search for microarray design or optimal portfolio management. The people
who program the practical solutions to these problems comprise the elite
of their technical organization. They are sought after throughout their careers,
because of their versatality, imagination, and programming talent. I call
them omniheurists -- solvers of all problems.
This course aims to develop
your skills as an omniheurist. We will study problems that require heuristics
and approximation algorithms. The heuristics include branch and bound, simulated
annealing, tabu searching, evolutionary algorithms, and adaptive gradient
methods. Approximation algorithms to NP-complete problems will help for subproblems.
The problems take minutes to explain but the challenge they pose will keep
you busy in a creative way for a few hours. I don't promise an easy course,
but I believe you will enjoy this class and find it useful.
This is a course for students
who can think creatively about algorithms and are willing to prototype them.
I will spend an hour teaching the prototyping language I use (for all of
my research) but you are free to use any you like.
In the fall of 2002, the course
emphasis will be on problem-solving in two areas: distributed computing and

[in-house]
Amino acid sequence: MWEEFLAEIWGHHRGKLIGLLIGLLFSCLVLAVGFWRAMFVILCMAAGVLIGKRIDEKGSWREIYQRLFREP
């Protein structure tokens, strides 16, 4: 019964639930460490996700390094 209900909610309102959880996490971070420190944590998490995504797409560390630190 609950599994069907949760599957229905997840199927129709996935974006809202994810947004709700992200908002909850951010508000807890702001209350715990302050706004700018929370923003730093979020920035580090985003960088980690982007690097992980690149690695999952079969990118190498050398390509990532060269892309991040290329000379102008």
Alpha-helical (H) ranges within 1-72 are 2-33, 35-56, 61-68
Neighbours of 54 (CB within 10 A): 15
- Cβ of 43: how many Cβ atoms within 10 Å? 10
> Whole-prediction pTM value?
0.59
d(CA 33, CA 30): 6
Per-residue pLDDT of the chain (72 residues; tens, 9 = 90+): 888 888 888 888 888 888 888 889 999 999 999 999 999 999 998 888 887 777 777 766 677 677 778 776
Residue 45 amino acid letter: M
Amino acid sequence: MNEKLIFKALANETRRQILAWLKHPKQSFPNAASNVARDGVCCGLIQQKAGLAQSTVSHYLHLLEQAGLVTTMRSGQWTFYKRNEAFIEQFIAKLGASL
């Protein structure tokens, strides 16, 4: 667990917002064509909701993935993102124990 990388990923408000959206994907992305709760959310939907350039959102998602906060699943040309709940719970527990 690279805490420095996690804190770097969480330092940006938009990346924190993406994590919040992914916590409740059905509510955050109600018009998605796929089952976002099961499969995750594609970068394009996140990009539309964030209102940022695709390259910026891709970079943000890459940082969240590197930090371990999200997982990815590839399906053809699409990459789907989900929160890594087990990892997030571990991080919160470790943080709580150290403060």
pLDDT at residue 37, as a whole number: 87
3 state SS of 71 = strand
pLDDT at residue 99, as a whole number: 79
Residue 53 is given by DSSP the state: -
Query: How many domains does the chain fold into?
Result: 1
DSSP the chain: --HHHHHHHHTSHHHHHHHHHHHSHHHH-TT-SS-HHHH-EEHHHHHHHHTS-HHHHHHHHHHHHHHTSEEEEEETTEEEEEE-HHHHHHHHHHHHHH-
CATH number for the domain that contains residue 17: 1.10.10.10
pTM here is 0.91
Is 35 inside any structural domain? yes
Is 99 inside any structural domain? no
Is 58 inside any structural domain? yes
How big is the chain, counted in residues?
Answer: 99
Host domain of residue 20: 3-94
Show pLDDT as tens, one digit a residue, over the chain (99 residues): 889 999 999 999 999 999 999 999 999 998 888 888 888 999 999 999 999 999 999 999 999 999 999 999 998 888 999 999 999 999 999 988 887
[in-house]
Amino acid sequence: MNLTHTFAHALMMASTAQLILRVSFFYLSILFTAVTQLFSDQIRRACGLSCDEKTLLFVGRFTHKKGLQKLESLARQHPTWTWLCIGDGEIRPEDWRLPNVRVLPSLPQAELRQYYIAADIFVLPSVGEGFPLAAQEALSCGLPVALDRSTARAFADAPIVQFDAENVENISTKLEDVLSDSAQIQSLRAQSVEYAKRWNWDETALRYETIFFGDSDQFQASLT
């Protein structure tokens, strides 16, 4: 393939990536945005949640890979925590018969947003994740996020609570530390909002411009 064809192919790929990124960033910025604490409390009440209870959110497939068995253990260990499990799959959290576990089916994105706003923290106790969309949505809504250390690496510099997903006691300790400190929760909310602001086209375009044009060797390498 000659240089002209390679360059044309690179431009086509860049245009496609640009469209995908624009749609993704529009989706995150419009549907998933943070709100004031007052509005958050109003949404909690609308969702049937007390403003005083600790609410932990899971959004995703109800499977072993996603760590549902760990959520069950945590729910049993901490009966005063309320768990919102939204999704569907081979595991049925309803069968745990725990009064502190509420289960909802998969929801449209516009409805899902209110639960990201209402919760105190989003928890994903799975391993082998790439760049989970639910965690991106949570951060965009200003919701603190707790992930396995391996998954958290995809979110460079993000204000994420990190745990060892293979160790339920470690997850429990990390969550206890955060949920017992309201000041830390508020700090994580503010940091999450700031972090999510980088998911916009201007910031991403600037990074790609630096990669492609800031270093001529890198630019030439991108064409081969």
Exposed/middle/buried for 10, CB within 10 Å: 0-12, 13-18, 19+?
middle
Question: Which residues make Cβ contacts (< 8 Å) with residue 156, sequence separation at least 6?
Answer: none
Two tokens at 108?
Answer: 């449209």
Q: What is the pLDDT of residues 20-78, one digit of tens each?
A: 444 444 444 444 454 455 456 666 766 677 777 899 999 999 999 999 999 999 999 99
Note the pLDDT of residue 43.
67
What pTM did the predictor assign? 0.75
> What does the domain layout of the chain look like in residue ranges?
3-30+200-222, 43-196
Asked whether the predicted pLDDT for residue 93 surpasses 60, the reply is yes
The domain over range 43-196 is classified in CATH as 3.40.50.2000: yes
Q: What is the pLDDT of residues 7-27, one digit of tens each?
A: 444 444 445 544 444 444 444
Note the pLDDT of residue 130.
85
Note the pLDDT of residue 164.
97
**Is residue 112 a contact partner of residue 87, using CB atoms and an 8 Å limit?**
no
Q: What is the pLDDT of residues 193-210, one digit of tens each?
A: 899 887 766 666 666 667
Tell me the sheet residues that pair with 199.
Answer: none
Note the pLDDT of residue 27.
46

biological computing. The distributed computing projects will involve adversarial
games in which distributed computing goals (e.g. ambulance pickup; competitive
consumption) must be achieved in the context of an adversary who can cause
failures or otherwise try to thwart you. The biological computing projects
will involve combinatorial problems having to do with verifying DNA sequences
using Crick-Watson pairing, the reconstruction of sequences using restriction
enzymes, the use of combinatorial design for experiments, and and so on.
The course will present all the necessary domain knowledge. At the end,
you will be able to face a difficult problem in an area where the domain
is not familiar to you, but still be able to contribute a computational solution.
This course will deal primarily
with public-key cryptography; specifically, identification schemes, signature
schemes, and asymmetric encryption schemes. The emphasis will be on practical
cryptographic schemes while at the same time focusing on rigorous, mathematical
security analysis. Although there are no formal pre-requisites, the course
"Introduction to Cryptography" (G22.3033-003) would be quite helpful. In
any case, a student should have knowledge of some of the rudiments of cryptography
(or be willing to read up on it); also helpful is some exposure to complexity
theory, algorithms, and probability theory.